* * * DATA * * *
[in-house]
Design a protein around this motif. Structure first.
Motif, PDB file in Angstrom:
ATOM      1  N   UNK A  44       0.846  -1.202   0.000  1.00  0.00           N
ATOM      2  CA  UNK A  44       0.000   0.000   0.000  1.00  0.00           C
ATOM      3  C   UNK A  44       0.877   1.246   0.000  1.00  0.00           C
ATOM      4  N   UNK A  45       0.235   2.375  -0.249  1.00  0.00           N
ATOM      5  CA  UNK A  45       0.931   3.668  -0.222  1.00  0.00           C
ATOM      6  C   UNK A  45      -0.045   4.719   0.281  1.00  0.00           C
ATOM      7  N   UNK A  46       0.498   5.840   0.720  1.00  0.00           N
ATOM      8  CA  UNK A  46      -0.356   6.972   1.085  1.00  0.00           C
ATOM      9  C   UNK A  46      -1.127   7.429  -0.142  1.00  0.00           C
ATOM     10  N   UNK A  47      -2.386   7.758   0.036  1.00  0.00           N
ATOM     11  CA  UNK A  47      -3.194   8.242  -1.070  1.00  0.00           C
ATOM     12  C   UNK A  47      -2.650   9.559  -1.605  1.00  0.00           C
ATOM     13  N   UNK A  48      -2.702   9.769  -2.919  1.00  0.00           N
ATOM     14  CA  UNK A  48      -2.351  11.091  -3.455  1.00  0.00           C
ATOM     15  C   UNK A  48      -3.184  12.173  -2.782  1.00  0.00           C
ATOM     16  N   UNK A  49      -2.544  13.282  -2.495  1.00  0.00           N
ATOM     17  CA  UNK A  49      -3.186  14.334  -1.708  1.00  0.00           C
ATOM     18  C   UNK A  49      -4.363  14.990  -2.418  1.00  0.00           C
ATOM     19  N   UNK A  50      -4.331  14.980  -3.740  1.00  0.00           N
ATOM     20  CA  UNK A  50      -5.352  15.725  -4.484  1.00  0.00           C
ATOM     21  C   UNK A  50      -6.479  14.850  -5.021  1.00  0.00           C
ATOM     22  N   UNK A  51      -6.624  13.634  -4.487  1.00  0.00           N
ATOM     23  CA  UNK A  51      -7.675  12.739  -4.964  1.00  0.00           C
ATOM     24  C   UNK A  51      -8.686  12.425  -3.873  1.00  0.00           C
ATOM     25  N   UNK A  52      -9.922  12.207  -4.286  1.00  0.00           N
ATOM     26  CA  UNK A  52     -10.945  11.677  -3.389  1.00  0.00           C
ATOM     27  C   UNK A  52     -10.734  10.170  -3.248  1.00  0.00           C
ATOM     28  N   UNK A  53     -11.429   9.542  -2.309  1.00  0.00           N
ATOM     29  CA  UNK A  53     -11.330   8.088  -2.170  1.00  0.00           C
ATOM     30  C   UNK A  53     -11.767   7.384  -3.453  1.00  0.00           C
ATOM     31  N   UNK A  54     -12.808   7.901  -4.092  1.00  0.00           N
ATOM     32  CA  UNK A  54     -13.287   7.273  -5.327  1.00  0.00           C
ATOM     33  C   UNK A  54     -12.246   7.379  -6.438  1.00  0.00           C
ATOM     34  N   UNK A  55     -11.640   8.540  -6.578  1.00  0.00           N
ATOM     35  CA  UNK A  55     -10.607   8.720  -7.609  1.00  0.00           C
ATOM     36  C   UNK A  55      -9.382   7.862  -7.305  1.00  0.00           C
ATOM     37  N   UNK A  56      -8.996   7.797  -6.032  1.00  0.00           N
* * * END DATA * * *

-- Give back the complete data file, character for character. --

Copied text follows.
[in-house]
Design a protein around this motif. Structure first.
Motif, PDB file in Angstrom:
ATOM      1  N   UNK A  44       0.846  -1.202   0.000  1.00  0.00           N
ATOM      2  CA  UNK A  44       0.000   0.000   0.000  1.00  0.00           C
ATOM      3  C   UNK A  44       0.877   1.246   0.000  1.00  0.00           C
ATOM      4  N   UNK A  45       0.235   2.375  -0.249  1.00  0.00           N
ATOM      5  CA  UNK A  45       0.931   3.668  -0.222  1.00  0.00           C
ATOM      6  C   UNK A  45      -0.045   4.719   0.281  1.00  0.00           C
ATOM      7  N   UNK A  46       0.498   5.840   0.720  1.00  0.00           N
ATOM      8  CA  UNK A  46      -0.356   6.972   1.085  1.00  0.00           C
ATOM      9  C   UNK A  46      -1.127   7.429  -0.142  1.00  0.00           C
ATOM     10  N   UNK A  47      -2.386   7.758   0.036  1.00  0.00           N
ATOM     11  CA  UNK A  47      -3.194   8.242  -1.070  1.00  0.00           C
ATOM     12  C   UNK A  47      -2.650   9.559  -1.605  1.00  0.00           C
ATOM     13  N   UNK A  48      -2.702   9.769  -2.919  1.00  0.00           N
ATOM     14  CA  UNK A  48      -2.351  11.091  -3.455  1.00  0.00           C
ATOM     15  C   UNK A  48      -3.184  12.173  -2.782  1.00  0.00           C
ATOM     16  N   UNK A  49      -2.544  13.282  -2.495  1.00  0.00           N
ATOM     17  CA  UNK A  49      -3.186  14.334  -1.708  1.00  0.00           C
ATOM     18  C   UNK A  49      -4.363  14.990  -2.418  1.00  0.00           C
ATOM     19  N   UNK A  50      -4.331  14.980  -3.740  1.00  0.00           N
ATOM     20  CA  UNK A  50      -5.352  15.725  -4.484  1.00  0.00           C
ATOM     21  C   UNK A  50      -6.479  14.850  -5.021  1.00  0.00           C
ATOM     22  N   UNK A  51      -6.624  13.634  -4.487  1.00  0.00           N
ATOM     23  CA  UNK A  51      -7.675  12.739  -4.964  1.00  0.00           C
ATOM     24  C   UNK A  51      -8.686  12.425  -3.873  1.00  0.00           C
ATOM     25  N   UNK A  52      -9.922  12.207  -4.286  1.00  0.00           N
ATOM     26  CA  UNK A  52     -10.945  11.677  -3.389  1.00  0.00           C
ATOM     27  C   UNK A  52     -10.734  10.170  -3.248  1.00  0.00           C
ATOM     28  N   UNK A  53     -11.429   9.542  -2.309  1.00  0.00           N
ATOM     29  CA  UNK A  53     -11.330   8.088  -2.170  1.00  0.00           C
ATOM     30  C   UNK A  53     -11.767   7.384  -3.453  1.00  0.00           C
ATOM     31  N   UNK A  54     -12.808   7.901  -4.092  1.00  0.00           N
ATOM     32  CA  UNK A  54     -13.287   7.273  -5.327  1.00  0.00           C
ATOM     33  C   UNK A  54     -12.246   7.379  -6.438  1.00  0.00           C
ATOM     34  N   UNK A  55     -11.640   8.540  -6.578  1.00  0.00           N
ATOM     35  CA  UNK A  55     -10.607   8.720  -7.609  1.00  0.00           C
ATOM     36  C   UNK A  55      -9.382   7.862  -7.305  1.00  0.00           C
ATOM     37  N   UNK A  56      -8.996   7.797  -6.032  1.00  0.00           N